28. 28. ICATT: Innovative e-learning tool to scale up training in childhood diseases (1/2) <ul><li>9 million children under five die every year, mostly due to preventable and treatable diseases. </li></ul><ul><li>IMCI (Integrated Management of Childhood Illness) is a WHO/UNICEF strategy reduce child mortality by improving diagnosis and treatment at primary healthcare level. </li></ul><ul><li>IMCI implementation faces two major challenges: </li></ul><ul><ul><li>Ensuring periodical updates of national IMCI clinical guidelines, and </li></ul></ul><ul><ul><li>Scaling up training of a very large number of health workers globally. </li></ul></ul><ul><li>Decision by WHO and NFSD to develop ICATT (IMCI Computerized Adaptation and Training Tool) </li></ul><ul><li>ICATT is a flexible and easy-to-use software program which </li></ul><ul><ul><li>Facilitates adaptation of global IMCI guidelines to local circumstances (languages etc.) </li></ul></ul><ul><ul><li>Helps scale up training through interactive e-learning program </li></ul></ul>| UC Berkeley | Klaus M. Leisinger | 4 October 2011 | Corporate Responsibilities for Access to Medicines
  29. 29. ICATT: Innovative e-learning tool to scale up training in childhood diseases (2/2) <ul><li>ICATT was successfully piloted in Tanzania, Peru and Indonesia. </li></ul><ul><li>To date 12 countries have implemented adaptation; global roll-out is ongoing. </li></ul><ul><ul><li>Other major challenge is maternal and newborn health : Every day, up to 1,500 women and 10,000 newborn babies die due to complications in pregnancy and childbirth. </li></ul></ul><ul><li>WHO and NFSD decided to continue collaboration to develop a similar tool for maternal and newborn health. </li></ul><ul><li>IMPACTT (Integrated Management of Pregnancy and Childbirth Training Tool) will include modules on: </li></ul><ul><ul><li>Pregnancy care, childbirth care, postnatal maternal care, newborn care, and postnatal newborn care. </li></ul></ul><ul><ul><li>Module on newborn care is under development and will be tested by end of 2011. </li></ul></ul>| UC Berkeley | Klaus M. Leisinger | 4 October 2011 | Corporate Responsibilities for Access to Medicines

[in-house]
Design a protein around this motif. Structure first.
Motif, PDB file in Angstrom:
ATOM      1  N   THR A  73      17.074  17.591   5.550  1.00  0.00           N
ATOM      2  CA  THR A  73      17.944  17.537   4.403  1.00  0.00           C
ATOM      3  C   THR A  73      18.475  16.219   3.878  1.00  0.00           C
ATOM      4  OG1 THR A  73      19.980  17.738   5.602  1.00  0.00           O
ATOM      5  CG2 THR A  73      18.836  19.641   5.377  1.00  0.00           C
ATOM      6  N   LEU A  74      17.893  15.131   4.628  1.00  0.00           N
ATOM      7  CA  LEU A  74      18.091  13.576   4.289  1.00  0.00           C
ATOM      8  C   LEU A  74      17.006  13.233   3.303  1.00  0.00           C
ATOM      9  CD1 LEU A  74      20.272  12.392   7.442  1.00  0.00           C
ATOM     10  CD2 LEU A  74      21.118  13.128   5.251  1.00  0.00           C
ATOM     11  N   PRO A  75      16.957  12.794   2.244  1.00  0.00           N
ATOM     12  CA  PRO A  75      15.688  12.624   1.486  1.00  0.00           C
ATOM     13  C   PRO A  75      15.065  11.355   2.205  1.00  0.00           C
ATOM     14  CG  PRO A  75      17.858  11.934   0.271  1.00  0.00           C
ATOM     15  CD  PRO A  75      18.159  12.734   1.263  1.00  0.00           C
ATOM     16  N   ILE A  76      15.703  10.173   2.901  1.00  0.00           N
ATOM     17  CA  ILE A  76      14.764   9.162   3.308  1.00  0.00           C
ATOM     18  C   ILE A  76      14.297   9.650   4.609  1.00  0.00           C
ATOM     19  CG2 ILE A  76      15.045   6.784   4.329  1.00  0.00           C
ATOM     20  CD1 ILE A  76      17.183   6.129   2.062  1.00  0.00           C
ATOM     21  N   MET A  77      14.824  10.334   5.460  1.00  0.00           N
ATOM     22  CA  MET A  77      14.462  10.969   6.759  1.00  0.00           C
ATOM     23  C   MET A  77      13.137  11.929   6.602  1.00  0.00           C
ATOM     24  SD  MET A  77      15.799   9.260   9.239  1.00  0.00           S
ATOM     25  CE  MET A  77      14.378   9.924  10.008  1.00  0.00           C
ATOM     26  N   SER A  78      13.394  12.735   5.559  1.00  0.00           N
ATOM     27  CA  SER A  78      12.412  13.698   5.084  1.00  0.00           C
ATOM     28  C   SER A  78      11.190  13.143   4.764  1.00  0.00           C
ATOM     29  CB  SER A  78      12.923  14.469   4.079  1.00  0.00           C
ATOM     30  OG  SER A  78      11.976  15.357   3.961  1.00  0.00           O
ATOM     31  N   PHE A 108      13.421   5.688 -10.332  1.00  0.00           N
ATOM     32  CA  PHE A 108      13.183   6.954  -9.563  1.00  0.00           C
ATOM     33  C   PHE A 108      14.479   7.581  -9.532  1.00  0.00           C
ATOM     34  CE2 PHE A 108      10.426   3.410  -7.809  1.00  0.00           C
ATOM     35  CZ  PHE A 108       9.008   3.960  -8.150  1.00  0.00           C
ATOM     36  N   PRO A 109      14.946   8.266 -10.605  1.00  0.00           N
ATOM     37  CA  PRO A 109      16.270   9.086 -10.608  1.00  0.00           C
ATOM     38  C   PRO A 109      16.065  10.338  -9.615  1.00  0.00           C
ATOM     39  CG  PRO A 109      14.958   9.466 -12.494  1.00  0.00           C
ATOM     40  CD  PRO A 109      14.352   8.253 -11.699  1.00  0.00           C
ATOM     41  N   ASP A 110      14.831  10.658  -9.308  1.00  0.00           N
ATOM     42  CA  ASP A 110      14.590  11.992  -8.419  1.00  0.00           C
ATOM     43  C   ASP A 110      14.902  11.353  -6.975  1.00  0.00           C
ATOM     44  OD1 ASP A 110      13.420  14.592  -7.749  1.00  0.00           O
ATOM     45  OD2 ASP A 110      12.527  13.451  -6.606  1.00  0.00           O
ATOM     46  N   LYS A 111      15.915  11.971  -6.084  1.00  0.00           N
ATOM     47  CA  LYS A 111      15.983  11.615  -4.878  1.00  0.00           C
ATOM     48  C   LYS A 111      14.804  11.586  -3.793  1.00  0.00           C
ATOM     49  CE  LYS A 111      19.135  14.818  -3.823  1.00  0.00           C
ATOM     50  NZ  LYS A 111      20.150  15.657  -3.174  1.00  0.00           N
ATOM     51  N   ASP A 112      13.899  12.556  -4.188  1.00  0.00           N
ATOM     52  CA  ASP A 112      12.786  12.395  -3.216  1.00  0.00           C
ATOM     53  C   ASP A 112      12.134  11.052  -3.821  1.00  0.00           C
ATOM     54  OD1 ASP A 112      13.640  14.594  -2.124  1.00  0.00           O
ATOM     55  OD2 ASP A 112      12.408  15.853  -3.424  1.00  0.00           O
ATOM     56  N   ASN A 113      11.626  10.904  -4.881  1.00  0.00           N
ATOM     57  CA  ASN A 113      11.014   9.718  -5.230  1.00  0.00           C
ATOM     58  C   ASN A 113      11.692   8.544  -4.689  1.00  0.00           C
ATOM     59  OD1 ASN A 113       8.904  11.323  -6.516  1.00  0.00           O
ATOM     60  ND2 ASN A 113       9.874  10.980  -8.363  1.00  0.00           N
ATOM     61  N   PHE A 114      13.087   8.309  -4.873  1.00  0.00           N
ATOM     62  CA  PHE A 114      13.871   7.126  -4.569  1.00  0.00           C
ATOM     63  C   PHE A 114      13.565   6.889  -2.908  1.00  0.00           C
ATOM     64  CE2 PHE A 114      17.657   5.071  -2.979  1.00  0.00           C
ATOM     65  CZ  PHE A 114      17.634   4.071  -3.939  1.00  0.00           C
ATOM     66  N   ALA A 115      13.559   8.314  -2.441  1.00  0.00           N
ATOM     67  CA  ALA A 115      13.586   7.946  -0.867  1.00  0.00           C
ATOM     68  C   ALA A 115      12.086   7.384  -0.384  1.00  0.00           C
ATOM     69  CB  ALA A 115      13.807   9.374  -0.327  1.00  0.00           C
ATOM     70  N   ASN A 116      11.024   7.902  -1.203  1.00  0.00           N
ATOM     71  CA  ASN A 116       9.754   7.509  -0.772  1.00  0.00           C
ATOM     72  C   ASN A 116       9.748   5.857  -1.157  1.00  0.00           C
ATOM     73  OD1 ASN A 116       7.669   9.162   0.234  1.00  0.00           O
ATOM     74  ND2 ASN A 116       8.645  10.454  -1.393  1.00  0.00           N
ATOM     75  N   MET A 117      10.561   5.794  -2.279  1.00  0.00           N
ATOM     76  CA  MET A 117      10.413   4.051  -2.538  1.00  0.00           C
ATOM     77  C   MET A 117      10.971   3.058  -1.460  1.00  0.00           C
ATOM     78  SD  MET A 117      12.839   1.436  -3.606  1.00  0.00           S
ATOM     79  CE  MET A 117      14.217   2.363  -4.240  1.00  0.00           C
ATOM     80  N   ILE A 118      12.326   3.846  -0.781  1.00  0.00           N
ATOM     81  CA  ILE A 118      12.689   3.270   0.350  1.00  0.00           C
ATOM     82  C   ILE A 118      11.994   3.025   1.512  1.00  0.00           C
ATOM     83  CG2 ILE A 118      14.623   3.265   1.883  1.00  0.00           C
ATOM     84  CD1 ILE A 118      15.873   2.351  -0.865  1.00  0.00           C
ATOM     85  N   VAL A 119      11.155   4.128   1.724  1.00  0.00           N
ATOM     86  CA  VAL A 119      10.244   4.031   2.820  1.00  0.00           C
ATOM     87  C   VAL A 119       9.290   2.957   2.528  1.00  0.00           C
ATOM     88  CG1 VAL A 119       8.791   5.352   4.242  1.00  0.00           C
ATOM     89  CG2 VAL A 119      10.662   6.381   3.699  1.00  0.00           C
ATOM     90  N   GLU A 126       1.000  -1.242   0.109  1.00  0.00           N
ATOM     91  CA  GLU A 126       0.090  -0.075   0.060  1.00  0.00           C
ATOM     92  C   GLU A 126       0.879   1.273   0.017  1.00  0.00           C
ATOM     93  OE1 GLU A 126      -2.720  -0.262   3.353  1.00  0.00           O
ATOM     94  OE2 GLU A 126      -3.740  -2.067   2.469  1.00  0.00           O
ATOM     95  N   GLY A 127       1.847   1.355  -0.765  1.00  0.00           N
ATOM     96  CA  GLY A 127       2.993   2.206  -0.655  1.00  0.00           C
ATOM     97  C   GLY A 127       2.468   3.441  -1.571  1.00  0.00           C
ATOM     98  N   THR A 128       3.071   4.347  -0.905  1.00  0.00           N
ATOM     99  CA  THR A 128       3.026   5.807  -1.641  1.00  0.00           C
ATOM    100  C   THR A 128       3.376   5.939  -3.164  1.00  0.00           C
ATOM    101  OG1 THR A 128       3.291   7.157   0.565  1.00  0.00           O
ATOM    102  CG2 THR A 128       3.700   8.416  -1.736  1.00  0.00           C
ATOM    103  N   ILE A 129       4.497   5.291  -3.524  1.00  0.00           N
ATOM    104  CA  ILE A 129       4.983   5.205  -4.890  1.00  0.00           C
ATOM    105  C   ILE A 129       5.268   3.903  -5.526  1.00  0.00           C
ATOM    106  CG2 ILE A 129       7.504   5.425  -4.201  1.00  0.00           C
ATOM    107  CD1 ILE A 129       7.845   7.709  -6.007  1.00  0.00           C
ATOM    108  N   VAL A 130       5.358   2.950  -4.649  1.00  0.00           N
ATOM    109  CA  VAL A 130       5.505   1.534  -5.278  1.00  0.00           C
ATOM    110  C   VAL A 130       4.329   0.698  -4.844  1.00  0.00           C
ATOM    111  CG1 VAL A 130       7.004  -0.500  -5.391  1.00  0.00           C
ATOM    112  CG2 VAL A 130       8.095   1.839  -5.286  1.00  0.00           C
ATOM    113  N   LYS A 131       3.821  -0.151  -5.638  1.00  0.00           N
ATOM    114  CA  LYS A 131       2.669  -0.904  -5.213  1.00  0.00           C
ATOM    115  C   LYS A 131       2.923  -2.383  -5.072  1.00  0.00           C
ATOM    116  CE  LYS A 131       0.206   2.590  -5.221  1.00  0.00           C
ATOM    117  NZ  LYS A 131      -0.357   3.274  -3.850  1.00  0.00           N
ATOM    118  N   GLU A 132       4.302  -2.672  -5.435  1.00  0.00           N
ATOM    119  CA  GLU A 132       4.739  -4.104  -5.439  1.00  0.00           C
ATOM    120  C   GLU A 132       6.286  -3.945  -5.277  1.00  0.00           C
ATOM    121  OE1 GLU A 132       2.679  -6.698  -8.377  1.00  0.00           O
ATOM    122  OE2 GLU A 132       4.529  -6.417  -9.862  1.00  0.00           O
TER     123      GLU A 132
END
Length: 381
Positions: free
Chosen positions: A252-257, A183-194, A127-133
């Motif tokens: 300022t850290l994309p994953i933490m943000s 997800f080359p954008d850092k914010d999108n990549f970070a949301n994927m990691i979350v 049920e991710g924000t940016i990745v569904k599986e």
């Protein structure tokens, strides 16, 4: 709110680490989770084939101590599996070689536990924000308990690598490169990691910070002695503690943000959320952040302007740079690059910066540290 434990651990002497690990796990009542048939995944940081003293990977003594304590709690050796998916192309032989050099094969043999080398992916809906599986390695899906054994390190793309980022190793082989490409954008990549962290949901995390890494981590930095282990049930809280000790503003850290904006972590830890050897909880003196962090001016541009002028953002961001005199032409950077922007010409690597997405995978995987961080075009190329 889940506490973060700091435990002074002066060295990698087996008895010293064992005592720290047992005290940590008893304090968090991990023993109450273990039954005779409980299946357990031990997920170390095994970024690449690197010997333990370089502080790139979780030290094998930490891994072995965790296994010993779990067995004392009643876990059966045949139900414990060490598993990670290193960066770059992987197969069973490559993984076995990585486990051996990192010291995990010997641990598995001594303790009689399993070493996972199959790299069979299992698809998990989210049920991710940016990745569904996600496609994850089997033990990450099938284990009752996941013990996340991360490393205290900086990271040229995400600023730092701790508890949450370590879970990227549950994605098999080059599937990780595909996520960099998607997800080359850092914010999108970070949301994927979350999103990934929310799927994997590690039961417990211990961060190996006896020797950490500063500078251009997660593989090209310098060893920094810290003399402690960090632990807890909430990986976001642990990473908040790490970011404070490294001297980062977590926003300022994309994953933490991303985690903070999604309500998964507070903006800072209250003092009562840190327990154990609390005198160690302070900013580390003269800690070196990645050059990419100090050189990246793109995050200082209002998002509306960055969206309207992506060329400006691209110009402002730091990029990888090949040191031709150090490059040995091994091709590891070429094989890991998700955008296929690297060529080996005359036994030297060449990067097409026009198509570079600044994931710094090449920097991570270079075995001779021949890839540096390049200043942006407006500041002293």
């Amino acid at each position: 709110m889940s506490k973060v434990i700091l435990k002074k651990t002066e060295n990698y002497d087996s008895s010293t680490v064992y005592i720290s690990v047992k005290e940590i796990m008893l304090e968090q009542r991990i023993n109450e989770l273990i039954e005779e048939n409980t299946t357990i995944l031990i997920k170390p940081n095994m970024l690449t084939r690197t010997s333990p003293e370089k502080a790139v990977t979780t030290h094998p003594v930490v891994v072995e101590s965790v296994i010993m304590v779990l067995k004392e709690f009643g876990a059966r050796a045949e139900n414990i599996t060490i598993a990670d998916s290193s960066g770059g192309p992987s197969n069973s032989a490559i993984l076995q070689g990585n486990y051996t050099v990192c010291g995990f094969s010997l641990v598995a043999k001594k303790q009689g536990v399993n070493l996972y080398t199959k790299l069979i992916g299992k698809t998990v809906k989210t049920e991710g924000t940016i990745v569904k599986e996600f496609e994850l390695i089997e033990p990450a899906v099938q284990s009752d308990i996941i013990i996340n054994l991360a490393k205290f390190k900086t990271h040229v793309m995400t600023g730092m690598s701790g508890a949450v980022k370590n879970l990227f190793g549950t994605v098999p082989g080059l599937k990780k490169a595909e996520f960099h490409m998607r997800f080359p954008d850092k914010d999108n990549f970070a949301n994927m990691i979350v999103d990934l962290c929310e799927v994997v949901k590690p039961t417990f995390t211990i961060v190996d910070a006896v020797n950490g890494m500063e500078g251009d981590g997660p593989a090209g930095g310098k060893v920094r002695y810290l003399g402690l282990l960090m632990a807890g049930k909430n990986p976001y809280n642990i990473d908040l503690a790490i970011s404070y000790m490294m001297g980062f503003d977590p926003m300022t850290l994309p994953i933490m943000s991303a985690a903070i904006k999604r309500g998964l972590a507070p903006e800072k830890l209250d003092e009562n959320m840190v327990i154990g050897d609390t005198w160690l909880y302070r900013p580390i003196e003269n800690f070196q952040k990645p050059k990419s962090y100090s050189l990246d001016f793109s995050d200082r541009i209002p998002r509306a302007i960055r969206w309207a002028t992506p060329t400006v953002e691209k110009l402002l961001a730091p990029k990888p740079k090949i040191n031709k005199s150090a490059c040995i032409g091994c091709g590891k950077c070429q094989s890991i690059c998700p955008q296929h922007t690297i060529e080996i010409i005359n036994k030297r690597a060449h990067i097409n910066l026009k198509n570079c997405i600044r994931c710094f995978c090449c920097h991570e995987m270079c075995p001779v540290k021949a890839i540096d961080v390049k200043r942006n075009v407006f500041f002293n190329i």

30. 30. Overall results of the Novartis Foundation healthcare projects and programs <ul><li>Saved 10’000s of lives, particularly of children under 5, and improved livelihood of millions of people in low-income countries; </li></ul><ul><li>Contributed with new concepts towards bringing leprosy down from about 13 million patients in 1985 to less than 220’000 (2010) and helped to cure more than 5 million leprosy patients, preventing more than 4 million disabilities; </li></ul><ul><li>Developed innovative “access-to-medicines” systems (e.g. patient-based TB therapy) and did innovative research on obstacles to access (e.g. Malaria); </li></ul><ul><li>Developed and field-tested innovative “bare foot health insurance” as well as computer-based learning and diagnosis program for IMCI; </li></ul><ul><li>Developed and scaled up psychosocial support programs for vulnerable children; </li></ul><ul><li>Developed and field-tested performance-based funding system, measuring outcome rather than input; </li></ul><ul><li>Are in the process of setting new benchmark for telemedicine in Africa. </li></ul>| UC Berkeley | Klaus M. Leisinger | 4 October 2011 | Corporate Responsibilities for Access to Medicines